December 16, 2013 | Vol. 24
Let the Countdown Begin
by Phallan K. Davis, Public Relations Specialist, NEMA
As of January 1, 2014, production of 40W and 60W incandescent light bulbs will change. Similar to the way other technologies have faded from the market, such as console televisions, and rotary-dial telephones, older light bulb technologies associated with incandescents will no longer be available for sale in the United States.
Innovation in the United States has long been defined by moments of discovery. While we’re more than a century removed from Thomas Edison and his invention of the first modern incandescent bulb in 1879, the quest for the next great light bulb has not ceased. We now have the advanced incandescent light bulb, which uses 28 to 30 percent less energy than traditional incandescent bulbs. But this is not consumers’ only option. Lighting manufacturers have brought innovative energy technologies to the market for more than four decades. These innovations provide multiple choices for more efficient lighting solutions to the consumer.
You will continue to have the option to buy other energy-efficient light bulbs, such as CFLs and LEDs. Consumers can choose the best product option for each application in their home, whether it’s in a task light in their home office or in the floor lamp next to their sofa.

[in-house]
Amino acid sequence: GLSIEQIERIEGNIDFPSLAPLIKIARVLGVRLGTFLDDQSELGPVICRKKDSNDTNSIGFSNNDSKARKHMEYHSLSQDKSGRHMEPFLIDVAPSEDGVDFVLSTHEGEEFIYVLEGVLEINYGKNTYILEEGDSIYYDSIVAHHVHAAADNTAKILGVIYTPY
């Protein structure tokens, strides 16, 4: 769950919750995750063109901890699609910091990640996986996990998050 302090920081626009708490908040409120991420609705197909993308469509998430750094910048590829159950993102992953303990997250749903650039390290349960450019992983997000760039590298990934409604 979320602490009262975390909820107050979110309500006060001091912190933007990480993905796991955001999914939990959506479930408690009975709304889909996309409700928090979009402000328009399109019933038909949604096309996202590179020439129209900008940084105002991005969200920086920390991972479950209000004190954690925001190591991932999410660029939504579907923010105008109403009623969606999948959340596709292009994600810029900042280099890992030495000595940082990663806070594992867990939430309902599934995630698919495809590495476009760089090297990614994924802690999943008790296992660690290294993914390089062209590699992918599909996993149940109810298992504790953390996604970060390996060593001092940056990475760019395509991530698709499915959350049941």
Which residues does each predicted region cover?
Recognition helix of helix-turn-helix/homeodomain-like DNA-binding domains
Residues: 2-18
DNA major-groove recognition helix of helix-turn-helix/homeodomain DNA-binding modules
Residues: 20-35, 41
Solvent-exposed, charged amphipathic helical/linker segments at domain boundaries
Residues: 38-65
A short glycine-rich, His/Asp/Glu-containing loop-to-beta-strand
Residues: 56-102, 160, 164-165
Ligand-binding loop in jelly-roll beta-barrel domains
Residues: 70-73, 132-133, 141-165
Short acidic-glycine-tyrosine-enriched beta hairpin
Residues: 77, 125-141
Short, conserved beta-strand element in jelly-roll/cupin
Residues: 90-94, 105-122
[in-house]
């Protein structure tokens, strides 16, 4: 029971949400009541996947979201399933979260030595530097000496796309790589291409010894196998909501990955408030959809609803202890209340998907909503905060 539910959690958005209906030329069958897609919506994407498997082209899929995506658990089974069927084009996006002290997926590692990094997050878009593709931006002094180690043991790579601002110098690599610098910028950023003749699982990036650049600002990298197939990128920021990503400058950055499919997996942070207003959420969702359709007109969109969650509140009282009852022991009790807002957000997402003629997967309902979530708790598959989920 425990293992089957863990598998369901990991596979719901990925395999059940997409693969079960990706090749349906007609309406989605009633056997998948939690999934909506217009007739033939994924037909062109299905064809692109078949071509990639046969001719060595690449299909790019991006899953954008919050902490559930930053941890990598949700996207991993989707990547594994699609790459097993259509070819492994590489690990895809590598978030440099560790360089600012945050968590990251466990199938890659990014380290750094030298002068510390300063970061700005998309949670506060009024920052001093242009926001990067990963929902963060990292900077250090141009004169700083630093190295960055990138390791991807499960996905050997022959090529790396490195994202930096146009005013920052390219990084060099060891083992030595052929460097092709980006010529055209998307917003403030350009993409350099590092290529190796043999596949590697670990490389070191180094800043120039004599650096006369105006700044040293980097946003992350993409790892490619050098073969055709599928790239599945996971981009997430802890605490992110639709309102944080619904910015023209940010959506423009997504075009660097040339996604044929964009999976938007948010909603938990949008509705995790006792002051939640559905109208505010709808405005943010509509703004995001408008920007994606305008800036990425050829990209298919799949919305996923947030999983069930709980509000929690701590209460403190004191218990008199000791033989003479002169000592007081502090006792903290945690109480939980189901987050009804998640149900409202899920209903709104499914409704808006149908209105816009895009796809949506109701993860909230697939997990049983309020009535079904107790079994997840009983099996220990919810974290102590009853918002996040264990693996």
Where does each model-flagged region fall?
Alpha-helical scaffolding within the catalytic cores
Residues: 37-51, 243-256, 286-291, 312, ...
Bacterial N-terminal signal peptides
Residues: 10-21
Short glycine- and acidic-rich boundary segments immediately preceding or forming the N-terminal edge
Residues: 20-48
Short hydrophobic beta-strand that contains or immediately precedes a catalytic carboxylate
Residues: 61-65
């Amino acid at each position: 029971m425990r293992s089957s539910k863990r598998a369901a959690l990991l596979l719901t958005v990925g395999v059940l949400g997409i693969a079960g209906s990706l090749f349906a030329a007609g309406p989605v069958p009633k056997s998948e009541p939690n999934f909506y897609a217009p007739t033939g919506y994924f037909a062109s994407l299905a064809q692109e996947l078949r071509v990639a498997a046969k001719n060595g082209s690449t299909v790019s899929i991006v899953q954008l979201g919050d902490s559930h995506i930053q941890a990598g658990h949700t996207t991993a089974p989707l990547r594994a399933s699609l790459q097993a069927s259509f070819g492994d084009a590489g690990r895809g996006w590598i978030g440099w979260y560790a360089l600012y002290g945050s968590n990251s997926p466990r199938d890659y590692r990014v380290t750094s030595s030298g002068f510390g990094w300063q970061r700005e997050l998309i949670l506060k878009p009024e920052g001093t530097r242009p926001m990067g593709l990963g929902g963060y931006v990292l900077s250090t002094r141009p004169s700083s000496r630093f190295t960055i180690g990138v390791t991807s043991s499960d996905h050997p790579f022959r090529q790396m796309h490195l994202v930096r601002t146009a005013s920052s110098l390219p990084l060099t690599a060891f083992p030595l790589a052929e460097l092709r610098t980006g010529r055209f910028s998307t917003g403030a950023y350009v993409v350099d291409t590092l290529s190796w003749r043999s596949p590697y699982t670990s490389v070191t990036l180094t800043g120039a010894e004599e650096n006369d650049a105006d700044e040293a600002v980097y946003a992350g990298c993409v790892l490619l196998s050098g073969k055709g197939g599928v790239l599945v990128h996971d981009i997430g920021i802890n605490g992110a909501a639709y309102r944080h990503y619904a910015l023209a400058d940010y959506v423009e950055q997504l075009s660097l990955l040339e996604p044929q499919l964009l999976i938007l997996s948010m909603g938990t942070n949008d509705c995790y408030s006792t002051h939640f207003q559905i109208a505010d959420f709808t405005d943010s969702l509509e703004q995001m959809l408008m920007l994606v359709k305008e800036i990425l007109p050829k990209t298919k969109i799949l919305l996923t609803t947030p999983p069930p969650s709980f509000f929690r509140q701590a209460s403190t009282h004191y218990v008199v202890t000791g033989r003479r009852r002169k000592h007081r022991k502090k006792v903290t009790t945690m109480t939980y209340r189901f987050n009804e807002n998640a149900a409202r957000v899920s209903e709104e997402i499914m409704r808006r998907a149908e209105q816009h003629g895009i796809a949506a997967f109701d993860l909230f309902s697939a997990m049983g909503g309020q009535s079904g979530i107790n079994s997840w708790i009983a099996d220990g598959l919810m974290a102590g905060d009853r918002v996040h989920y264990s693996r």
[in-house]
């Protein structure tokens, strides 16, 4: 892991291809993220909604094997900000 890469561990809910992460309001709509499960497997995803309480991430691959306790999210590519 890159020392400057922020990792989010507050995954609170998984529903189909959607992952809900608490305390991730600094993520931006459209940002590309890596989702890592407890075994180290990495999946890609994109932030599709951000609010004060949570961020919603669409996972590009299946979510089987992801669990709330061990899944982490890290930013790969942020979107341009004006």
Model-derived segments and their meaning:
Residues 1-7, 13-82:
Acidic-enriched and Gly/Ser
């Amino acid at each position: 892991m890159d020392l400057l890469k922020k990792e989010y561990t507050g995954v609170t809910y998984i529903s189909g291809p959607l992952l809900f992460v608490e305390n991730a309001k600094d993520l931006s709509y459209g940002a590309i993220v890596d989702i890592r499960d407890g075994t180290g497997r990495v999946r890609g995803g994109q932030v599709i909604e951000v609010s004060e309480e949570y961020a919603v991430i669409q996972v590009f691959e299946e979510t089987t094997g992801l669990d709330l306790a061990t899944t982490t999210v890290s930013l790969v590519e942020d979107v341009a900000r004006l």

As we continue to transition to more energy-efficient lighting products, you will hear a lot about lumens and wattage. And you may wonder, what are these? Lumens measure the brightness of a light bulb. A high brightness value or lumen value means a greater amount of light. A watt, on the other hand, is a measurement of the rate at which electrical energy is dissipated. The light bulb that produces the greatest number of lumens per one watt of energy is the most efficient.
The benefit to the consumer comes in the form of overall cost-savings. The average U.S. household saves over $100/year when they transition to energy-efficient lighting. Efficient lighting technologies deliver the same amount of lumens as incandescent bulbs but use less energy, therefore saving money for consumers, businesses, governments, and all other segments of the U.S. economy.
For help selecting the right bulb, make a trip to your local home improvement store. My last tidbit is courtesy of an Environmental Protection Agency podcast that featured a home improvement store associate: “Bring your old burnt-out bulb to the store so the clerk can help you find the new replacement bulb that will deliver the same amount and type of light—and is roughly the same size to fit your existing fixture.”
The future of lighting innovation is now.
Download our 5 L’s of Lighting: The Consumer’s Guide to Choosing Energy-Efficient Lighting one-pager
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